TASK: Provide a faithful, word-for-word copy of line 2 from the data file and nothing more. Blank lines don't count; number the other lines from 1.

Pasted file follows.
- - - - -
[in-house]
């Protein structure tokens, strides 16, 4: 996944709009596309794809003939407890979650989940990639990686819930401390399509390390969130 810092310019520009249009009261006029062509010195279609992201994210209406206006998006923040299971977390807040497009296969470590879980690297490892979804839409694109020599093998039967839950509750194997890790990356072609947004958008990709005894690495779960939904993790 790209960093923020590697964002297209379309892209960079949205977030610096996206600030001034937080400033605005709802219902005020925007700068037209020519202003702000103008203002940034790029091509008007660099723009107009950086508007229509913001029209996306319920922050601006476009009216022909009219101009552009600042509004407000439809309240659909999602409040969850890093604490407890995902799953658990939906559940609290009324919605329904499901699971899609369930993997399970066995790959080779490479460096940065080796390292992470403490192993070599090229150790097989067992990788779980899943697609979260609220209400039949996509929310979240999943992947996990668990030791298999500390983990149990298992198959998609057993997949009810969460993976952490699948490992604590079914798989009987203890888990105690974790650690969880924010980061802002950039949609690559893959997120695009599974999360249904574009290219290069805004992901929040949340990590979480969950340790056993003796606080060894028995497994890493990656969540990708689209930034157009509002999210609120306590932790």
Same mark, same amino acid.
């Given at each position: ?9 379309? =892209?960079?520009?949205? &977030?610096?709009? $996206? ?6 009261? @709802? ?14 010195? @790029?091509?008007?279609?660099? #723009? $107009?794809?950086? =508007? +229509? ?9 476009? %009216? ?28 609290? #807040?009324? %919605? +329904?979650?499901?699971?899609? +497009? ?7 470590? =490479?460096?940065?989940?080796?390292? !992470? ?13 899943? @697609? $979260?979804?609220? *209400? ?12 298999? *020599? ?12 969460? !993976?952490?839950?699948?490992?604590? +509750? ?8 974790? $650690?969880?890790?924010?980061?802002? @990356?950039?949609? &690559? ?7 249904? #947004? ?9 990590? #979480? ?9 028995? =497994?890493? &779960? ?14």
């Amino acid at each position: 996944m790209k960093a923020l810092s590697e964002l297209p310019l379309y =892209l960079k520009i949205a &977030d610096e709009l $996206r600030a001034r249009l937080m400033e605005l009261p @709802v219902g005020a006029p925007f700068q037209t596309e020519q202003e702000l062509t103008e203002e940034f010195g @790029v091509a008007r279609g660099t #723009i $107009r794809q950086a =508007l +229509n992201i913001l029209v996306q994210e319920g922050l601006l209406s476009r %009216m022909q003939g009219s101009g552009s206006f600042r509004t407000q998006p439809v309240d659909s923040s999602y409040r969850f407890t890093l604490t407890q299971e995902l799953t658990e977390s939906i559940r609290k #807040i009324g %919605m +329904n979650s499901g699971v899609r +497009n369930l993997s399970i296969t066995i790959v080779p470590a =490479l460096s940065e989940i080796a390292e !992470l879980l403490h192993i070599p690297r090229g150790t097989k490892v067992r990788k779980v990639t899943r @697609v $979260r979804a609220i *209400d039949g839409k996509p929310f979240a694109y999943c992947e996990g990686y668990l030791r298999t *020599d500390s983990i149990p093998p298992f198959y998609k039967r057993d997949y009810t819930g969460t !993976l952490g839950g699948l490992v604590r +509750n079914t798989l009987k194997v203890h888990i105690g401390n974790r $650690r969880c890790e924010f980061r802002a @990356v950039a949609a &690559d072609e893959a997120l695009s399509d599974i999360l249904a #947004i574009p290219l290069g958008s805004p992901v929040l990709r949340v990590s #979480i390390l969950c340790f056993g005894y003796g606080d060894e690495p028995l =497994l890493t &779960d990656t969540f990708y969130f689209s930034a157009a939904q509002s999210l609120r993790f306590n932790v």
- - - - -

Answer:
């Protein structure tokens, strides 16, 4: 996944709009596309794809003939407890979650989940990639990686819930401390399509390390969130 810092310019520009249009009261006029062509010195279609992201994210209406206006998006923040299971977390807040497009296969470590879980690297490892979804839409694109020599093998039967839950509750194997890790990356072609947004958008990709005894690495779960939904993790 790209960093923020590697964002297209379309892209960079949205977030610096996206600030001034937080400033605005709802219902005020925007700068037209020519202003702000103008203002940034790029091509008007660099723009107009950086508007229509913001029209996306319920922050601006476009009216022909009219101009552009600042509004407000439809309240659909999602409040969850890093604490407890995902799953658990939906559940609290009324919605329904499901699971899609369930993997399970066995790959080779490479460096940065080796390292992470403490192993070599090229150790097989067992990788779980899943697609979260609220209400039949996509929310979240999943992947996990668990030791298999500390983990149990298992198959998609057993997949009810969460993976952490699948490992604590079914798989009987203890888990105690974790650690969880924010980061802002950039949609690559893959997120695009599974999360249904574009290219290069805004992901929040949340990590979480969950340790056993003796606080060894028995497994890493990656969540990708689209930034157009509002999210609120306590932790």